In John 20, the disciples were fearful and in disarray, with a deep sense of failure and betrayal, as they faced their misguided ambitions and weaknesses. Fear in the church and in society can stifle love and outreach. Fear of losing privilege, status and power leads to systemic inequality, entrenched poverty and brutality towards people who are ‘other.’ Breathing peace upon the gathered community was not about experiencing his presence but about making him – with his wounds – present in solidarity with the wounds of people and creation. These reveal his preferences and commitment. His wounds reveal ‘Whatever you do to the least, you do to me’ (Matthew 25).’ The breath of the Spirit caused the disciples to realise their responsibility to be agents - like us - of the new creation and bring forth justice, transform social policy, and liberate people beyond human failure into light and peace. It is the light of the Spirit makes us aware of incongruities, inequalities, and injustice in our community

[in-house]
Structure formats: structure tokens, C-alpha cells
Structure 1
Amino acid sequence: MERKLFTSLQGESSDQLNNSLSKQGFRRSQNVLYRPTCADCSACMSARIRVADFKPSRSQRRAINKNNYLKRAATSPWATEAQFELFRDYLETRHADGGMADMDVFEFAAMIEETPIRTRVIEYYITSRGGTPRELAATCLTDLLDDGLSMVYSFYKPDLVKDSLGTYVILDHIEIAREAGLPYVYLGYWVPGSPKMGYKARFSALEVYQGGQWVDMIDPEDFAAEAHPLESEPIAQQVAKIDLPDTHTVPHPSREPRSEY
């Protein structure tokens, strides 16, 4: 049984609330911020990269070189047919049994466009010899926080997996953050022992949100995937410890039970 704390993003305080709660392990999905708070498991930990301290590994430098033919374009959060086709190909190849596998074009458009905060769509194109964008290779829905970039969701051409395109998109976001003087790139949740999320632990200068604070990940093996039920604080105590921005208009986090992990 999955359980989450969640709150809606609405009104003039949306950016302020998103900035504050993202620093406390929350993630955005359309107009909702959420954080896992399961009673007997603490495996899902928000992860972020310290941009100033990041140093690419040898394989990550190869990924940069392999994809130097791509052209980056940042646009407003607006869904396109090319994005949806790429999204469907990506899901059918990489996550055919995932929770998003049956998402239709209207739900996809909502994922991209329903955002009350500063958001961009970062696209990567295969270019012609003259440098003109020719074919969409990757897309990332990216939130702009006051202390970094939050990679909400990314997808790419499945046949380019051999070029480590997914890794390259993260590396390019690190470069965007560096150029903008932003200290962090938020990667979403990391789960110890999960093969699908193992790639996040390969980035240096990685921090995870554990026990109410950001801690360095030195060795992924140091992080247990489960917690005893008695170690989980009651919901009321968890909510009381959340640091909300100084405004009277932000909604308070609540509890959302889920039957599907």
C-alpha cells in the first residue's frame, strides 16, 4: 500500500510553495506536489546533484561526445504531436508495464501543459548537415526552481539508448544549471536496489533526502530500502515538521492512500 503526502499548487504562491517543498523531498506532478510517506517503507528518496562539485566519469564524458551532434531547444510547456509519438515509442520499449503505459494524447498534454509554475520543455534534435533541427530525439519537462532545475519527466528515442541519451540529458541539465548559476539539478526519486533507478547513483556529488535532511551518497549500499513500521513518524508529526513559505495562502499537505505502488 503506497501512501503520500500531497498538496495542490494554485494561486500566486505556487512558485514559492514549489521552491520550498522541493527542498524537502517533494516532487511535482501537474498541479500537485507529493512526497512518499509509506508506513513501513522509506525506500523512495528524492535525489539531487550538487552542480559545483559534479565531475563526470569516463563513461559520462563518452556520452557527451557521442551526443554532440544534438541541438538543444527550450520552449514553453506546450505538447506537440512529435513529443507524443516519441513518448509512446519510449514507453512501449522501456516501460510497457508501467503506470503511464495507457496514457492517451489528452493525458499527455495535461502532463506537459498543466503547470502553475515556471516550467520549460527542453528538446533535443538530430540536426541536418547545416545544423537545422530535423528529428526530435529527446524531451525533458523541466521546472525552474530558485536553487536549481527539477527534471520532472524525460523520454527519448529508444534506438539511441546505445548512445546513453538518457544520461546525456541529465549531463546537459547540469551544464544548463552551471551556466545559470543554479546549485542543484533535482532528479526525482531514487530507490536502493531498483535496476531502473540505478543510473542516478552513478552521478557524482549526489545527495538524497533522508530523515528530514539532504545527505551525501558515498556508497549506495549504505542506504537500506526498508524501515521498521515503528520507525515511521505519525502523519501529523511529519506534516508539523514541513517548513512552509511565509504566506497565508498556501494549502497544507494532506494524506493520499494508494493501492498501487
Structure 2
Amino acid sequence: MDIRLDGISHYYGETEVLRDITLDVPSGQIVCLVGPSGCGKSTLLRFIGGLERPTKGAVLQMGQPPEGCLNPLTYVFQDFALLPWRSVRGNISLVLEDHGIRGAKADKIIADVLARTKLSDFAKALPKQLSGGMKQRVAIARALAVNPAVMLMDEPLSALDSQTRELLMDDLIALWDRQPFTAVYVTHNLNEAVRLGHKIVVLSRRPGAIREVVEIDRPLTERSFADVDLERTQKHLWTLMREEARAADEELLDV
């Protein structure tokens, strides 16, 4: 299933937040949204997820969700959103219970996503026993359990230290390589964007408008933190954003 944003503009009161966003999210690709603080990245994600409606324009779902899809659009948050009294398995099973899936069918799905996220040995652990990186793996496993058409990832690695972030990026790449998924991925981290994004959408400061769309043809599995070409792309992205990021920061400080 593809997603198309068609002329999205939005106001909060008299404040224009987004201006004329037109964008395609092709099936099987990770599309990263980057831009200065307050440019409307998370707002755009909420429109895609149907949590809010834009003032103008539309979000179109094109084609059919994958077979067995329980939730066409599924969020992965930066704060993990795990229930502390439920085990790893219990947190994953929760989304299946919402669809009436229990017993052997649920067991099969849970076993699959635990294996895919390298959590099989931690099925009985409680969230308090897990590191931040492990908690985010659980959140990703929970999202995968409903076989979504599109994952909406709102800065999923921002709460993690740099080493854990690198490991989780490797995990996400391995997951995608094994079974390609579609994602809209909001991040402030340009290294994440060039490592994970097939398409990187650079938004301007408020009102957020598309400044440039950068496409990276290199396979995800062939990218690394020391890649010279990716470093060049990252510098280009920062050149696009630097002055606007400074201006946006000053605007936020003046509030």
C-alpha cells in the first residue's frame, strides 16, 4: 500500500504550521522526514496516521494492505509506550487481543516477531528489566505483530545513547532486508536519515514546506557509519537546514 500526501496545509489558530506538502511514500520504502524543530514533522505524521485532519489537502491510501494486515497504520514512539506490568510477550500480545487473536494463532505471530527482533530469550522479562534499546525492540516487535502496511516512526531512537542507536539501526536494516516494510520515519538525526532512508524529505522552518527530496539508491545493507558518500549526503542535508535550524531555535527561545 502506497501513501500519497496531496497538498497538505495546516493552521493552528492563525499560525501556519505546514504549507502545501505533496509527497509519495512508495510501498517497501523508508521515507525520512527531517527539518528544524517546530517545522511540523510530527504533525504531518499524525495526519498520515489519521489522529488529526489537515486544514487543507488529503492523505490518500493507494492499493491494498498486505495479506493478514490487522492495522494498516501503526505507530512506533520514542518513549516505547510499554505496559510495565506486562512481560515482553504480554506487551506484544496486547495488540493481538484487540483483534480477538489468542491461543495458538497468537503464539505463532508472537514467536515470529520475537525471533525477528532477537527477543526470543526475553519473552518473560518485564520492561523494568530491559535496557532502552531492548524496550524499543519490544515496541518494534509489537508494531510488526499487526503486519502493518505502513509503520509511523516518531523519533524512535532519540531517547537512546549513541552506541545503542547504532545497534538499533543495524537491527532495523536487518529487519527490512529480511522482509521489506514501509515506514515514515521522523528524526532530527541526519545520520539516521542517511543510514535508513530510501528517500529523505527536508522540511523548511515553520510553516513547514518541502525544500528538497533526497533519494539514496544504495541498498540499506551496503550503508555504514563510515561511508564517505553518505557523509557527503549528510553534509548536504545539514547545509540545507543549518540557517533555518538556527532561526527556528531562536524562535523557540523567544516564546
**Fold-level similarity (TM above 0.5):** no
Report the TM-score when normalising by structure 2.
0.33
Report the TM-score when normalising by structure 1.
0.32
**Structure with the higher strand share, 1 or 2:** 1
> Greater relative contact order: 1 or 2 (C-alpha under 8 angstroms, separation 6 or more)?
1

Today’s readings tell us about human unity, mutual responsibility and care of the most vulnerable.  Pope Francis continually reminds us that we and creation are interconnected, and peace and justice are not possible if this is not realised. If God does not give up on this messy human enterprise, then neither must we. There is a story of hidden grace at work often beyond our awareness. This grace, love, Spirit moves us from fear to fearlessness, from powerlessness to passionate power. Where people maintained and protected their differences behind ethnocentric walls, they discovered that nothing was lost by being at one with all others.